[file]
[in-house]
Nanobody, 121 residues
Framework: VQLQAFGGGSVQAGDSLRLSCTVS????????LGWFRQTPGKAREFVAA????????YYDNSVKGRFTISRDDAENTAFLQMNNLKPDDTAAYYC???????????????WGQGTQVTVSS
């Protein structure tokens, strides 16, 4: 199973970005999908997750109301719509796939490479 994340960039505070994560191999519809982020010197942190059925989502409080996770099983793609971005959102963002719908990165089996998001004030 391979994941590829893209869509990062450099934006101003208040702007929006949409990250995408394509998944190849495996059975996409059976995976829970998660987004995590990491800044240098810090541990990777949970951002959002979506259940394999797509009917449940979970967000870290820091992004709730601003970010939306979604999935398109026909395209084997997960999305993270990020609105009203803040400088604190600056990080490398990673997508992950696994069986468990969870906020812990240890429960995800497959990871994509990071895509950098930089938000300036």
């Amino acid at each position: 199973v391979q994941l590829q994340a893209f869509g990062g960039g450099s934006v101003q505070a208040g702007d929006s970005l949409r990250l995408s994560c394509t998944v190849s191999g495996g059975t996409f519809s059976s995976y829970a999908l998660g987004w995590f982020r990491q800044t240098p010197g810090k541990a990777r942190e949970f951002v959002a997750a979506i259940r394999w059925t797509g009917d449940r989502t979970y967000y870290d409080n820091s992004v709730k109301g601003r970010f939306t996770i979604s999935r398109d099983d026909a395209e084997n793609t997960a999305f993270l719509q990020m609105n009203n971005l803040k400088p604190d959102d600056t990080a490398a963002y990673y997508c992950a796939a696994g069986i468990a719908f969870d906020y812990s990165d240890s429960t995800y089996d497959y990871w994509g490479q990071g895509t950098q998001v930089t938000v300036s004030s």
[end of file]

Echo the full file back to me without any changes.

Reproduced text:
[in-house]
Nanobody, 121 residues
Framework: VQLQAFGGGSVQAGDSLRLSCTVS????????LGWFRQTPGKAREFVAA????????YYDNSVKGRFTISRDDAENTAFLQMNNLKPDDTAAYYC???????????????WGQGTQVTVSS
């Protein structure tokens, strides 16, 4: 199973970005999908997750109301719509796939490479 994340960039505070994560191999519809982020010197942190059925989502409080996770099983793609971005959102963002719908990165089996998001004030 391979994941590829893209869509990062450099934006101003208040702007929006949409990250995408394509998944190849495996059975996409059976995976829970998660987004995590990491800044240098810090541990990777949970951002959002979506259940394999797509009917449940979970967000870290820091992004709730601003970010939306979604999935398109026909395209084997997960999305993270990020609105009203803040400088604190600056990080490398990673997508992950696994069986468990969870906020812990240890429960995800497959990871994509990071895509950098930089938000300036």
């Amino acid at each position: 199973v391979q994941l590829q994340a893209f869509g990062g960039g450099s934006v101003q505070a208040g702007d929006s970005l949409r990250l995408s994560c394509t998944v190849s191999g495996g059975t996409f519809s059976s995976y829970a999908l998660g987004w995590f982020r990491q800044t240098p010197g810090k541990a990777r942190e949970f951002v959002a997750a979506i259940r394999w059925t797509g009917d449940r989502t979970y967000y870290d409080n820091s992004v709730k109301g601003r970010f939306t996770i979604s999935r398109d099983d026909a395209e084997n793609t997960a999305f993270l719509q990020m609105n009203n971005l803040k400088p604190d959102d600056t990080a490398a963002y990673y997508c992950a796939a696994g069986i468990a719908f969870d906020y812990s990165d240890s429960t995800y089996d497959y990871w994509g490479q990071g895509t950098q998001v930089t938000v300036s004030s």